Advertising: Into the 'O' zone with a stool and a song from the heart

This market considers grooming inauthentic. So the stylists have brought out the bedsit in Damien
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The Independent Online

Remember singer-songwriters? The golden age of the performer-composer was around the late '60s/early '70s. Mostly they were sensitive, some were wistful, and the men were in touch with their feelings long before anyone else was much bothered about that kind of thing. The essence of being a singer-songwriter was that you could knock up something from the most basic ingredients - an acoustic guitar, a stool, a denim shirt - in no time. Singer-songwriters were, say, Joni Mitchell if they were women or Tim Hardin if men.

A few were quite brilliant, most were wonderfully pretentious and almost all of them were middle class, appealing to a thoughtful audience who related to higher education. It's that "writer" word that counts. You can't really see any of the rather agricultural-looking Westlife boys as singer-songwriters with guitars. Or the Atomic Kittens.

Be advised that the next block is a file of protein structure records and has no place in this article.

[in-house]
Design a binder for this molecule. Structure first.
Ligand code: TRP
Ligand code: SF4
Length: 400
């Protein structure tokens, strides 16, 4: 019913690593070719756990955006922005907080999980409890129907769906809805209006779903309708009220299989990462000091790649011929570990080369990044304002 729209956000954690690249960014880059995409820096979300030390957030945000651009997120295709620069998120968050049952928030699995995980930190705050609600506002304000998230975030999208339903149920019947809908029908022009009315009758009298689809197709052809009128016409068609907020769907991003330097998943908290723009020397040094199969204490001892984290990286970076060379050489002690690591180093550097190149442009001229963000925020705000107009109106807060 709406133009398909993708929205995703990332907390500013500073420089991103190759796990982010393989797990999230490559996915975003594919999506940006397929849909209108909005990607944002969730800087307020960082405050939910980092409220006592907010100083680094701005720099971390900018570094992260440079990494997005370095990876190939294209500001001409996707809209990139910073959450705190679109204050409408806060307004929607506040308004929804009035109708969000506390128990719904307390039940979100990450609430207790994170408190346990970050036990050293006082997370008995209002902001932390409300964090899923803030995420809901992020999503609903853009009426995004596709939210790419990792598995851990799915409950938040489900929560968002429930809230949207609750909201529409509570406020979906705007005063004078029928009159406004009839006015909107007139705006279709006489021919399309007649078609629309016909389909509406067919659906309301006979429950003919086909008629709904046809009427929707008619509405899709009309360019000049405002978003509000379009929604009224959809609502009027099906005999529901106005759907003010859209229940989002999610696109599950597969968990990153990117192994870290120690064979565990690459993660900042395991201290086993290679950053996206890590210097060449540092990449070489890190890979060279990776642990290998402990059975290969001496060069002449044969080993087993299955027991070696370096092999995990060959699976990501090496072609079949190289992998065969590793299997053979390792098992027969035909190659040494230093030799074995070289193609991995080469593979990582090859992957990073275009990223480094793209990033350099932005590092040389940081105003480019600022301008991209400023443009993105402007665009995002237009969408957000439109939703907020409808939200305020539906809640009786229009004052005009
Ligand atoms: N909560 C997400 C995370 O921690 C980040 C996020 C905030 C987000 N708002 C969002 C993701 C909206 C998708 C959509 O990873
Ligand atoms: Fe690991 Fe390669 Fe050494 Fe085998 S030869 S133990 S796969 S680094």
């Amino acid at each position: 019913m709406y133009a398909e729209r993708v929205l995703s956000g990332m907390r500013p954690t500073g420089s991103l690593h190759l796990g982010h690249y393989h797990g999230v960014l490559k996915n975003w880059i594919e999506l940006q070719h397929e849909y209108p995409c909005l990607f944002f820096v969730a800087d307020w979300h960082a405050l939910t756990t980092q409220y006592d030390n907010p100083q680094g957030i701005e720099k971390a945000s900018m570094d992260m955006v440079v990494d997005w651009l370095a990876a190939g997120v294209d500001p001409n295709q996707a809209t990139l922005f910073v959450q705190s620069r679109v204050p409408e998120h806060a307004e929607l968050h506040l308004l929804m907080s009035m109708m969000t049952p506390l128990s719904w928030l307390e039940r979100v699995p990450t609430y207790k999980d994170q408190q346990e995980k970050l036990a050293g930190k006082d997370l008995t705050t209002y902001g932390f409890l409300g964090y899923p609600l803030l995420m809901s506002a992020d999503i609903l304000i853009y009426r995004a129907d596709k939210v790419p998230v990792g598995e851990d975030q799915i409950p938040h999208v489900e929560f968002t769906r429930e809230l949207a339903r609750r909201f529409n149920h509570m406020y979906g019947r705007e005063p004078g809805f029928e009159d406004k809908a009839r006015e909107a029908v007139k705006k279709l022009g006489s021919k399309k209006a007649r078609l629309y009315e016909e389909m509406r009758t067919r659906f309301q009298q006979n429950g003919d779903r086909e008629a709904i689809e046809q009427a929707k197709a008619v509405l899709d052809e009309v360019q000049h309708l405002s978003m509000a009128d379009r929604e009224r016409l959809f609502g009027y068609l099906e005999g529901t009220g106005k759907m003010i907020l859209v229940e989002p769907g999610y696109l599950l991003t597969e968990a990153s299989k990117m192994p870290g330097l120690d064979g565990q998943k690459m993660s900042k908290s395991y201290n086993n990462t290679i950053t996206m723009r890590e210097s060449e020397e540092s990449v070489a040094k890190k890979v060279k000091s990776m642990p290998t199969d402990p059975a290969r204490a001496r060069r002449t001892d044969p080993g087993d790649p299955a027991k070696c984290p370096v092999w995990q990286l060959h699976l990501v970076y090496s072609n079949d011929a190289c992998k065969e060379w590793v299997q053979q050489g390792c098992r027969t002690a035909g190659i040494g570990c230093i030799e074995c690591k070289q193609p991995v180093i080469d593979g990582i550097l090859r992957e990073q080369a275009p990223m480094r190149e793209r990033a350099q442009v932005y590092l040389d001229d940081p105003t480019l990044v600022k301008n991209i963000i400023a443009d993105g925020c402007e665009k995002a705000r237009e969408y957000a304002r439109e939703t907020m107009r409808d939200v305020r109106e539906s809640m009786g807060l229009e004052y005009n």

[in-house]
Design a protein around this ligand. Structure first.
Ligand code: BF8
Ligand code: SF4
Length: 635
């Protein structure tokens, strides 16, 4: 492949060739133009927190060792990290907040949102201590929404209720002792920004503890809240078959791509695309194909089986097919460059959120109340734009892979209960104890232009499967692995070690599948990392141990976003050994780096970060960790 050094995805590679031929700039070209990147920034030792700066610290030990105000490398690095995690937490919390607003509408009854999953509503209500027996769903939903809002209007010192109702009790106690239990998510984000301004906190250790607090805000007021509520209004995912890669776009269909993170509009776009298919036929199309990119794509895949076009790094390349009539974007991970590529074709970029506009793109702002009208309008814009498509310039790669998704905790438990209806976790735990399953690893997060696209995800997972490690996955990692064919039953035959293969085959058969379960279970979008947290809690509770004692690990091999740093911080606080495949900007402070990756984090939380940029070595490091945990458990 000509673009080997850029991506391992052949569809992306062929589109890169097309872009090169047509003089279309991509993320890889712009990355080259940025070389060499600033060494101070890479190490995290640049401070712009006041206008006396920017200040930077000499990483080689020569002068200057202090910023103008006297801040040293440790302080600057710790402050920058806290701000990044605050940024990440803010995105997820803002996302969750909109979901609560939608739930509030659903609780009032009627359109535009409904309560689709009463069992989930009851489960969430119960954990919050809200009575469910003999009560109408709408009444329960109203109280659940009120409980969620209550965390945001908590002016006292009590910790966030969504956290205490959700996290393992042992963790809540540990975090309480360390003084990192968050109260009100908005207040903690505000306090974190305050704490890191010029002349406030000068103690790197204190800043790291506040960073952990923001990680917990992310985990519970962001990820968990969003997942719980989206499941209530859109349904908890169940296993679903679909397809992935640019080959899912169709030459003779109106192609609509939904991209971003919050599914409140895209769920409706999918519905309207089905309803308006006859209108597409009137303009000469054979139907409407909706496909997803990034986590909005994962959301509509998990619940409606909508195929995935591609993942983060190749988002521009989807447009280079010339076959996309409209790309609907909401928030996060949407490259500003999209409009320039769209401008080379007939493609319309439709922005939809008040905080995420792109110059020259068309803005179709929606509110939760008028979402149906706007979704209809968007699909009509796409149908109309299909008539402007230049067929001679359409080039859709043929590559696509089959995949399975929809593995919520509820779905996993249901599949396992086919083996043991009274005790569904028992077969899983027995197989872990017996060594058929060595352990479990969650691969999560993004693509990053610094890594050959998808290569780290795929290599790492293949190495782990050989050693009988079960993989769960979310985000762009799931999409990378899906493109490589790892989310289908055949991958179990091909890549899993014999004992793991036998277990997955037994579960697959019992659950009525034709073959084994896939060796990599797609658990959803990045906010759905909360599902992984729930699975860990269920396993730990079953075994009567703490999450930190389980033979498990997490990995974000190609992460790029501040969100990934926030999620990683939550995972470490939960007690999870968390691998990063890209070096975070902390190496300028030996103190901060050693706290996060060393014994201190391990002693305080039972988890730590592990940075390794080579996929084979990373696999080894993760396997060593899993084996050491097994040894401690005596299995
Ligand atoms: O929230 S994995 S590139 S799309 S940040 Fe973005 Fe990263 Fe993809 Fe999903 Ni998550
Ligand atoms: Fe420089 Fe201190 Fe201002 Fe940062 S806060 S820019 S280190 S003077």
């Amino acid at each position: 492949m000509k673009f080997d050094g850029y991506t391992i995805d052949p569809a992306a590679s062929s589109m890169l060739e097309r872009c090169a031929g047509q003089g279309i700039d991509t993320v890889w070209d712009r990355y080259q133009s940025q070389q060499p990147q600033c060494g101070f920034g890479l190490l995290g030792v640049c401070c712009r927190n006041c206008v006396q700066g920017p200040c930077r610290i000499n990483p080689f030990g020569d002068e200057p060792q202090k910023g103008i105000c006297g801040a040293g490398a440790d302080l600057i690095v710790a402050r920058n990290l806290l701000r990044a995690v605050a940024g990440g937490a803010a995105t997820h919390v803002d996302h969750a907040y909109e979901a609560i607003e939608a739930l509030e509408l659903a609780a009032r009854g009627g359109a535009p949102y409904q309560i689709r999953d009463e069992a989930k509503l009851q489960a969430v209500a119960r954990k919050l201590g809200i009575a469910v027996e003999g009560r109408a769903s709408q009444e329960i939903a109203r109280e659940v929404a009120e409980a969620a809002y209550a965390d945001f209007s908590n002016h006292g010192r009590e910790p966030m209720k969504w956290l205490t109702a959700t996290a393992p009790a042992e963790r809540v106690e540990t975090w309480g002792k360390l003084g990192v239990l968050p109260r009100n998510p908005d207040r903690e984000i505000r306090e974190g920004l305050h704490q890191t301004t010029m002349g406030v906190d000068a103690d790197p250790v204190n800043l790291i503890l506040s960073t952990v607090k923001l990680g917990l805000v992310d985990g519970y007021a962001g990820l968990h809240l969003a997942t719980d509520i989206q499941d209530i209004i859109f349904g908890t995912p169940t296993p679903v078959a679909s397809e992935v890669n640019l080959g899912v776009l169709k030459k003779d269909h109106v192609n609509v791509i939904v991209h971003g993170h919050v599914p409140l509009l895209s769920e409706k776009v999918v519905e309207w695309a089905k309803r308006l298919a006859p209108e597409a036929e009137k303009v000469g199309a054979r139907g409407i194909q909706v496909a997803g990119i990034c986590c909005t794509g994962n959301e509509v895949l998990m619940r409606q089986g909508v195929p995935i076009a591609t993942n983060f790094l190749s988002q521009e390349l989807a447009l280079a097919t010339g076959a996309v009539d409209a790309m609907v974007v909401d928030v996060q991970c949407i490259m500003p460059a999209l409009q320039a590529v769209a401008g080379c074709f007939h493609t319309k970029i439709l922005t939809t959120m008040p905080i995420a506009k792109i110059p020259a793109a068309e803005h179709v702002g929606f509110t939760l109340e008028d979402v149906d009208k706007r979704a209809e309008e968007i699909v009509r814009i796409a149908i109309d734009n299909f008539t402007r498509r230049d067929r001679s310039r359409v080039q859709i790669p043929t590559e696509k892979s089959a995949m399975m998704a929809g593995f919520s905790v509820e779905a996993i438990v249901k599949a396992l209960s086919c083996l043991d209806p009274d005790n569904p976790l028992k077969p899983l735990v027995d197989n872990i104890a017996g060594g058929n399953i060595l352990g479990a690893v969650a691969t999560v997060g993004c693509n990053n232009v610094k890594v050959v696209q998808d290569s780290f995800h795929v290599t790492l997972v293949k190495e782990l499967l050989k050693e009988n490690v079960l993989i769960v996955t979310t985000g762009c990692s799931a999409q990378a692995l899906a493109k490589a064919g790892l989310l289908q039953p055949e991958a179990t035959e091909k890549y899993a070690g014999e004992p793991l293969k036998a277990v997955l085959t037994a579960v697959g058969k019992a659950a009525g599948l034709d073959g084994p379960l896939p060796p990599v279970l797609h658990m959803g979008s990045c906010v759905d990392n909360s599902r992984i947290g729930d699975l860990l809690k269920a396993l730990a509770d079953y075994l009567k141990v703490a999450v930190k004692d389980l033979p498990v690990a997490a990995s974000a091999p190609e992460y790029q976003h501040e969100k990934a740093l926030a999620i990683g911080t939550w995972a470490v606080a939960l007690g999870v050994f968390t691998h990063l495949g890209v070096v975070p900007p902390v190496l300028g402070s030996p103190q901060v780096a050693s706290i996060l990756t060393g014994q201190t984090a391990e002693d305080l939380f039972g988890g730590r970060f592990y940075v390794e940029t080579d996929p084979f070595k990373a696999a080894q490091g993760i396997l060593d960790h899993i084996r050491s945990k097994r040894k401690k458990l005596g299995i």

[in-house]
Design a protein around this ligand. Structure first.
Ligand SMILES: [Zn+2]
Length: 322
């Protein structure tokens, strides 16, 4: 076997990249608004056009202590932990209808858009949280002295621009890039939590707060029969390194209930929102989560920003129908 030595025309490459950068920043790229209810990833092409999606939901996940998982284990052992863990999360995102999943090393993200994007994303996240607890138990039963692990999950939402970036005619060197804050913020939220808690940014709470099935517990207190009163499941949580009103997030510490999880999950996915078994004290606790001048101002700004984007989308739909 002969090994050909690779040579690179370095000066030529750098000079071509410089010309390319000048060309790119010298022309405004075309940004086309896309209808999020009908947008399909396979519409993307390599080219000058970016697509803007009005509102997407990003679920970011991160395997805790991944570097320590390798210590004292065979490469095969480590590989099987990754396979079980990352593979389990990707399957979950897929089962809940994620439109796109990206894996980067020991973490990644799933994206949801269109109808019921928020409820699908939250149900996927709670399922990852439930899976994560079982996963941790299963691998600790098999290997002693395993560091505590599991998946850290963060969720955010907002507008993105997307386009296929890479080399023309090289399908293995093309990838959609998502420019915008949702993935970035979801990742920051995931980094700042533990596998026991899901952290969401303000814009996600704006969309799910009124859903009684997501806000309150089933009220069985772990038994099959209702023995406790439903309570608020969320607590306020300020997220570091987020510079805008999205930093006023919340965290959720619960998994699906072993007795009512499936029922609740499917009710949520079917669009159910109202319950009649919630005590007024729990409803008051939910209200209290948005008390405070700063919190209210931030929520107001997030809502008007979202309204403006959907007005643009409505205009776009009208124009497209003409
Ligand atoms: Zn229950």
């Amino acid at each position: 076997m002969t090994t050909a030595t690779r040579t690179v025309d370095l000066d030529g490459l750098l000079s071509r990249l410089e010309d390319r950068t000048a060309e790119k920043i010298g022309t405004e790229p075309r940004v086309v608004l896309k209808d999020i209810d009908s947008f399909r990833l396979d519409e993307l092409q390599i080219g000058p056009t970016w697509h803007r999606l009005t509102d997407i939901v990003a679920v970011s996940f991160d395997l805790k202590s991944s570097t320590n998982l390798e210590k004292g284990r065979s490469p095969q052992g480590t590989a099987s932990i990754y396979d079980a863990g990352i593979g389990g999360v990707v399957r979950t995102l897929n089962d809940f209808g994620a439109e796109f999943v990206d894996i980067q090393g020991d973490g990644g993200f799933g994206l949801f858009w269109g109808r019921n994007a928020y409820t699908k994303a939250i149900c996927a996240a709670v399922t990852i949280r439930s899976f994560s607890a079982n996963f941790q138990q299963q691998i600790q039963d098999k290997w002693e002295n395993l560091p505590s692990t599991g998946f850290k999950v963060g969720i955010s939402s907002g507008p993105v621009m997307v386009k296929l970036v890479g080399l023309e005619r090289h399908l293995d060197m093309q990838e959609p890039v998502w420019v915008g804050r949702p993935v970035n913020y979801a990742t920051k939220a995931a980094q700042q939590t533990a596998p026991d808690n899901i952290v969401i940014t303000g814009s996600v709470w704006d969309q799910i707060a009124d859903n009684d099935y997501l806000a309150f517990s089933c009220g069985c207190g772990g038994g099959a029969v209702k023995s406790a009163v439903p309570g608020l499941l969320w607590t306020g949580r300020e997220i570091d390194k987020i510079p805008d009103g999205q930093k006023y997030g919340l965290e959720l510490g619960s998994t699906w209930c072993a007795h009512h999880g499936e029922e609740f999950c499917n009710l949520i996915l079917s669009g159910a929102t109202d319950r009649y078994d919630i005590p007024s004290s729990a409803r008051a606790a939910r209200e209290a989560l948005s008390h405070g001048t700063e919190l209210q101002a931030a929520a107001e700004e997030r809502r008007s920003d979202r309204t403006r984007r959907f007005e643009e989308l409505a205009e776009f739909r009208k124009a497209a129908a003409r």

It's a niche market among late teens who think they're too good for pop and dance, and older middlebrow men who like to keep up. Every record company's got a couple on the go.

Damien Rice looks absolutely the business. There he is, in black and white in the commercial for O, his launch album. He's alone with just his guitar and a stool. And a big serious recording studio mike. And a clutch of quotes from broadsheet newspapers and thoughtful magazines such as Q (the ones that never ask what's happened to Lee from Steps).

Damien's hair looks ginger and completely free range. There's a bit of gingery fluff round his jaw too. This market considers too much conspicuous grooming a sign of inauthenticity, so the stylists have been working overtime to bring out the bedsit in Damien.

"Not a poor track on this album. Buy it," says The Times. The Guardian says that O is "gorgeous and understated". We see these thoughts on-screen in a gorgeous understated Penguin Special Modern Classic sort of typeface, while Damien is saying how "love just taught me to cry" with that break in his voice that everyone tries to do now (Andrea Corr can probably do it in her sleep).

Is this conscious retro or an unconscious unbroken tradition? I really haven't a clue. But all my instincts say that if I played this gorgeous understated thing, I'd be saying give me Darius over Damien any day. "Colour Blind" is quite an OK little song.